Tuesday, April 9, 2013

Storm Update

Thusfar, the downslope windstorm forecast issued by the National Weather Service has verified quite well.  They called for east winds of 35–45 mph, with gusts to 75 mph, in the high-wind watch they issued at 2:55 AM yesterday morning.  Peak gusts over 60 mph reported thusfar to MesoWest include:

UTPR2: 73 mph (Portable weather station installed by UDOT)
Centerville (CEN): 70 mph
Centerville (CENWWS): 65 mph
Centerville (CENEWS): 64 mph
Farmington (AP611): 61 mph

As we discussed yesterday, high-amplitude mountain waves of the type producing the current windstorm feature a descending layer of high momentum air, but also a hydraulic jump across which there is often a very rapid decrease in wind speed and, in some cases, a rotor in which there is a circular motion of air about a horizontal axis that leads to a complete reversal of the flow at the ground.

Source: Whiteman 2000
There is strong evidence of the hydraulic jump and rotor this morning.  Note in the surface map below the strong easterly and northeasterly winds at sites near the base of the Wasatch Mountains from the Bountiful Bench northward through Farmington and Fruit Heights, which contrasts with the much weaker westerly flow observed along the Legacy Highway and just west of I-15 near Farmington.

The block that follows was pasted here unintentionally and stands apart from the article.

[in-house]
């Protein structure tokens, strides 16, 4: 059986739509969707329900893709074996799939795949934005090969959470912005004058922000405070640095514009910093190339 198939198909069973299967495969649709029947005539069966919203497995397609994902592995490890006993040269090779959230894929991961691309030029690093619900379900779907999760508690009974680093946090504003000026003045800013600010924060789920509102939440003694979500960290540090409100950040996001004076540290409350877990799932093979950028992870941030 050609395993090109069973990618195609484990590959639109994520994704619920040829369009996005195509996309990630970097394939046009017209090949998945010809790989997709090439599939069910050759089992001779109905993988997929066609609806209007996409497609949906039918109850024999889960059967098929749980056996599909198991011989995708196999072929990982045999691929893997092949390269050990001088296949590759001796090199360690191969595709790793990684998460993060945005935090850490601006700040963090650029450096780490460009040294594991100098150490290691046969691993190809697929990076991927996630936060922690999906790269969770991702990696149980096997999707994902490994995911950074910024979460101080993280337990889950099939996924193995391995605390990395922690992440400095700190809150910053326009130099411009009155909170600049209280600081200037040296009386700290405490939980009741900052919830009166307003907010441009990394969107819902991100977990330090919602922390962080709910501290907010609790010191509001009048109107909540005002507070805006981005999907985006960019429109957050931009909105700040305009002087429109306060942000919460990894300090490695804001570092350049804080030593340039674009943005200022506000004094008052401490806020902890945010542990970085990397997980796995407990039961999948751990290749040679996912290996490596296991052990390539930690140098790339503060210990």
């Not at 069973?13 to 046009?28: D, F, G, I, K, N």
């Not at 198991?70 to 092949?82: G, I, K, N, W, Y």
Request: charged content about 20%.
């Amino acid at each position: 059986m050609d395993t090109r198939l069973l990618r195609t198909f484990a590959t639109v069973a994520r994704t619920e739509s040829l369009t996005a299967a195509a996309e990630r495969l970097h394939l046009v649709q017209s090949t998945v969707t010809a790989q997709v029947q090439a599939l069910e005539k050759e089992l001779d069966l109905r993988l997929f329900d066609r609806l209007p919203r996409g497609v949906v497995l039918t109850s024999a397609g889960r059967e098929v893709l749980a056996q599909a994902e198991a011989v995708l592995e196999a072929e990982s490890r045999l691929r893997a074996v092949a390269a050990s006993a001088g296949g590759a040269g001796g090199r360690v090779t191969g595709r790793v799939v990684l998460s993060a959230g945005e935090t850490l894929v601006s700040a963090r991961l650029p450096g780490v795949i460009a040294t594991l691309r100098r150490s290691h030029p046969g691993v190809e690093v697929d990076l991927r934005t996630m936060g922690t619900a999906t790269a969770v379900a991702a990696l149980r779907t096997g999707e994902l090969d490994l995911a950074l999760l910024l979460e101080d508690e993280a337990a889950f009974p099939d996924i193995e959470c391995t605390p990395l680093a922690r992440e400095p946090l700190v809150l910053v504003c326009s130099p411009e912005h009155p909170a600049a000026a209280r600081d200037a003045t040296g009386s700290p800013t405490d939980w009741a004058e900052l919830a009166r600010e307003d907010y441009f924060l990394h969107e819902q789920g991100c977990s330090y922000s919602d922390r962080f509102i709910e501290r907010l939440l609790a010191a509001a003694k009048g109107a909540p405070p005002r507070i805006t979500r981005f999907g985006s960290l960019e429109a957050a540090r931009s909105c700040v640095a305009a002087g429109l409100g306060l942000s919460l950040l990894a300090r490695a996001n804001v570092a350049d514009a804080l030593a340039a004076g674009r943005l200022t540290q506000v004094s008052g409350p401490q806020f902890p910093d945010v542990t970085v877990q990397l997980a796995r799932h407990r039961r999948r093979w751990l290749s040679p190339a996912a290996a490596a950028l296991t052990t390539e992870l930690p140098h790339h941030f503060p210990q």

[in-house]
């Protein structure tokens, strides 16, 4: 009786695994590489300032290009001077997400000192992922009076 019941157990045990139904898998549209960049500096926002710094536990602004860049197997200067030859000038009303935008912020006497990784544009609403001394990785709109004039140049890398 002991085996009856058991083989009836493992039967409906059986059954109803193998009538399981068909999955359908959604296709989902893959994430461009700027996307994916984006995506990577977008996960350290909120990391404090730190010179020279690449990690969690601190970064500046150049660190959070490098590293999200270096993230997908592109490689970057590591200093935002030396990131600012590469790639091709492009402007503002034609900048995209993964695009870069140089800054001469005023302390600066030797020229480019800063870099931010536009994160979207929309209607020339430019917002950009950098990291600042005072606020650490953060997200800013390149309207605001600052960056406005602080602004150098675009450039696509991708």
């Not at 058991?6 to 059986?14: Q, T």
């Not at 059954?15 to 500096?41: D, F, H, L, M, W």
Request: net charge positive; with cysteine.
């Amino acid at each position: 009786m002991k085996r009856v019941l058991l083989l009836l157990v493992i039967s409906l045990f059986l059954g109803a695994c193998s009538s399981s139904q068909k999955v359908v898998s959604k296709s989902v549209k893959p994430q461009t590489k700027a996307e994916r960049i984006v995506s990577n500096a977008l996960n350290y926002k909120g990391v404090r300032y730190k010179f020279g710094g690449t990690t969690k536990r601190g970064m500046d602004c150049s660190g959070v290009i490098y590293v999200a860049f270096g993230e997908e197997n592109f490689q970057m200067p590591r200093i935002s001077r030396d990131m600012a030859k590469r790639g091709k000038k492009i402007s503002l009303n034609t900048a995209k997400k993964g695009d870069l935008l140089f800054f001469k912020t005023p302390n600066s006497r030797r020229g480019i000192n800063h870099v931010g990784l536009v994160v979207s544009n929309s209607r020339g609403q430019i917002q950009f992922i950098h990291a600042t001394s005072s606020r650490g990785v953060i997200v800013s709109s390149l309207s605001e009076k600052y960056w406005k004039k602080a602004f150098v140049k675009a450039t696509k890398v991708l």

Source: MesoWest
Meanwhile, in the central Wasatch Mountains, we discussed on Sunday morning how the model forecasts for this period were producing dramatically different amounts of precipitation at Alta with the GFS calling for less than a half inch of snow, the 12-km NAM 11.5" of snow, and the 4-km NAM 36" of snow for the period from 12 AM Monday through noon today.  This forecast spread was in part related to the position of the precipitation band, which did end up far enough north to give a good dump to the central Wasatch.  It looks like 11 inches thusfar at Alta-Collins (the resort reports 12 inches), with about an inch of water.  The big winners, however, are the Park City resorts with about 18" of snow thanks to the predominant easterly flow making them the windward side of the Wasatch during this period.

1 comment:

  1. If you look at the forecast model time series, it's interesting how a good chunk of artic air from Canada got entrained into the system from the north and east. I see that Laramie and Cheyenne were a cozy 8 F this afternoon, in April! A lot of cold air seems to have been channeled westward along I-80 in between the Wind River Range (and adjoining ranges to the north in western Wyoming), and the Uintas. I wonder if it was the main catalyst for the downslope wind event. Overall, a pretty complex storm.